2008 Hall of Fame Inductee
Matthew “Bones” Hooks
2008 Hall of Fame Inductee - (Posthumous)
Matthew "Bones" Hooks, who was born to former slaves, is best remembered as a famed cowboy, an Amarillo civic leader and the first black person to serve on a Potter County grand jury. Hooks was also a religious leader and businessman who lived in the early Texas Panhandle towns of Mobeetie and Clarendon. He worked to establish the North Heights subdivision in Amarillo.
Hooks, a cowboy and horse breaker, was born on Nov. 3, 1867 in Robertson County. At 7, he began work as the driver of a butcher's meat wagon and at 9 began driving a chuck wagon for Steve Donald. Hooks became one of the first black cowboys to work alongside whites as a ranch hand. He remained with Donald until adulthood and then joined the J.R. Norris ranch on the Pecos River. With Norris, he made many trail drives from the Pecos country, raised horses in partnership with a white man and became a top horse breaker.
Hooks lived at Mobeetie before moving to Clarendon as a ranch hand in 1886. He operated a grocery store near Texarkana, but after 18 months returned to Clarendon. While working as a cowboy, he established one of the first black churches in West Texas. He worked as a cowboy at Clarendon until 1900, when he became a porter at an Amarillo hotel. In 1910, he took a job as a porter on the Santa Fe Railroad, where he worked for the next 20 years.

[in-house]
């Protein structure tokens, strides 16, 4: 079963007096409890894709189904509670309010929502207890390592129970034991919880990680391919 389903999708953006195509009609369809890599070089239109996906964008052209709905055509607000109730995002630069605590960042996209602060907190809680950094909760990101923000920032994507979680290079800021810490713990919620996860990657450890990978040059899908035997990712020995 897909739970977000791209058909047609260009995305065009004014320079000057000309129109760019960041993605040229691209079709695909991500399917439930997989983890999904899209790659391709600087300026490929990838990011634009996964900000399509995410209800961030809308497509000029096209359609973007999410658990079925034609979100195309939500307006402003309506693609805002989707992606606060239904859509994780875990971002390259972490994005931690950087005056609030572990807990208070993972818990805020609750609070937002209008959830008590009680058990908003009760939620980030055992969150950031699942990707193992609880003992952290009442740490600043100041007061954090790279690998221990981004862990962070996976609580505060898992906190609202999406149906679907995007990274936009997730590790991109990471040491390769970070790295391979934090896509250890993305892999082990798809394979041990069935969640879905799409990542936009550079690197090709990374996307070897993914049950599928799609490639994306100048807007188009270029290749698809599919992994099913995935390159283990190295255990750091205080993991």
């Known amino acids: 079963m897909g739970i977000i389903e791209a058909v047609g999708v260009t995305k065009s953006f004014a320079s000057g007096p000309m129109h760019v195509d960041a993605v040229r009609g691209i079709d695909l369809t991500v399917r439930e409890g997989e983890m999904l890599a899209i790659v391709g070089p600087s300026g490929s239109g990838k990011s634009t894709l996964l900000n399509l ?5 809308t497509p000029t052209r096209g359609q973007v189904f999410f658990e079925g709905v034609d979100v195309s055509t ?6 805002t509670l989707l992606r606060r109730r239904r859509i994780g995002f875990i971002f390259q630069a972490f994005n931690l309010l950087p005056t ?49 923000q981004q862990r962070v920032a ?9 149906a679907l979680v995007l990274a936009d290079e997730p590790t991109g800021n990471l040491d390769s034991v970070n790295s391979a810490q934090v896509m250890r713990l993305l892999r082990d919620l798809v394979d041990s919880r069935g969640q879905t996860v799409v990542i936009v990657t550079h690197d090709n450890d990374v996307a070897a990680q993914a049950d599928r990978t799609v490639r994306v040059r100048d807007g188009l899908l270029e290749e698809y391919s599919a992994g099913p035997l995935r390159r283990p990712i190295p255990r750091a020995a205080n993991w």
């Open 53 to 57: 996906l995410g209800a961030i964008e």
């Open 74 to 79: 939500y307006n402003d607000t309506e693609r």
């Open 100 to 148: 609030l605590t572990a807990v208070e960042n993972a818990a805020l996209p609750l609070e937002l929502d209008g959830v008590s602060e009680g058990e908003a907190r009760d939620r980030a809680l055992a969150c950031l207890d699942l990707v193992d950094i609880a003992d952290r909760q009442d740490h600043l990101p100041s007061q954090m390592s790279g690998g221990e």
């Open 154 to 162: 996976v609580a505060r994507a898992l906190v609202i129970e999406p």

He retired from the railroad in 1930 and became a civic worker in Amarillo. He had a concern for young people and served as "Range Boss" for the Dogie Club, an organization for underprivileged black children. He gained additional popularity for his presentation of white flowers to the families of recently deceased pioneers and to others with worthwhile accomplishments. He sent out more than 500 single flowers in his lifetime, including one to each of the 48 nations present at the 1945 United Nations conference in San Francisco.
Hooks, whose given name appears in some records as "Mathew," participated in pioneer and cowboy associations across the country in his later years, including the Old Settlers associations of Amarillo and Pampa, the Western Cowpunchers Association, the Montana Cowpunchers Association and the XIT Ranch organization. He was a charter member of the Panhandle-Plains Historical Society.
His generosity toward needy friends left him penniless near the end of his life, but when word that he was ill became publicized, friends established a fund for his care. Bones Hooks died in Amarillo on Feb. 2, 1951, at the age of 83. He was buried in Llano Cemetery along side wife Anna Hooks, who had died in 1920. An Amarillo city park is named in Hooks’ honor.
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